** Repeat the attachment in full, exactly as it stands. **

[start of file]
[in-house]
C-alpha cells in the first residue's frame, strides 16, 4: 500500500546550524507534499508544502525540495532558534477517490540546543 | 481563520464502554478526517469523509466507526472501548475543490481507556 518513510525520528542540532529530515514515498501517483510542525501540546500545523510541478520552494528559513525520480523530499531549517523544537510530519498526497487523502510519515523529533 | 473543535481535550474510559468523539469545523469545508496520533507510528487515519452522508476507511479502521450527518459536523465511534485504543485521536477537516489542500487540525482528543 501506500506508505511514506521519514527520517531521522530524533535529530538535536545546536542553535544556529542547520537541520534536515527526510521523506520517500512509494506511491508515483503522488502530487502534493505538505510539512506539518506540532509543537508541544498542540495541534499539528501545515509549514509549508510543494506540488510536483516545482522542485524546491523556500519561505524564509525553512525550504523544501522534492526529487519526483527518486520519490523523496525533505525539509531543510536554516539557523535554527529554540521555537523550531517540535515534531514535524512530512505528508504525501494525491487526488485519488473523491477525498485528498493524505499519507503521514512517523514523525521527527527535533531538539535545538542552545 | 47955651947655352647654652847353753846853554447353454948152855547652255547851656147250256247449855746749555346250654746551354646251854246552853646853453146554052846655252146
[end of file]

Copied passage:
[in-house]
C-alpha cells in the first residue's frame, strides 16, 4: 500500500546550524507534499508544502525540495532558534477517490540546543 | 481563520464502554478526517469523509466507526472501548475543490481507556 518513510525520528542540532529530515514515498501517483510542525501540546500545523510541478520552494528559513525520480523530499531549517523544537510530519498526497487523502510519515523529533 | 473543535481535550474510559468523539469545523469545508496520533507510528487515519452522508476507511479502521450527518459536523465511534485504543485521536477537516489542500487540525482528543 501506500506508505511514506521519514527520517531521522530524533535529530538535536545546536542553535544556529542547520537541520534536515527526510521523506520517500512509494506511491508515483503522488502530487502534493505538505510539512506539518506540532509543537508541544498542540495541534499539528501545515509549514509549508510543494506540488510536483516545482522542485524546491523556500519561505524564509525553512525550504523544501522534492526529487519526483527518486520519490523523496525533505525539509531543510536554516539557523535554527529554540521555537523550531517540535515534531514535524512530512505528508504525501494525491487526488485519488473523491477525498485528498493524505499519507503521514512517523514523525521527527527535533531538539535545538542552545 | 47955651947655352647654652847353753846853554447353454948152855547652255547851656147250256247449855746749555346250654746551354646251854246552853646853453146554052846655252146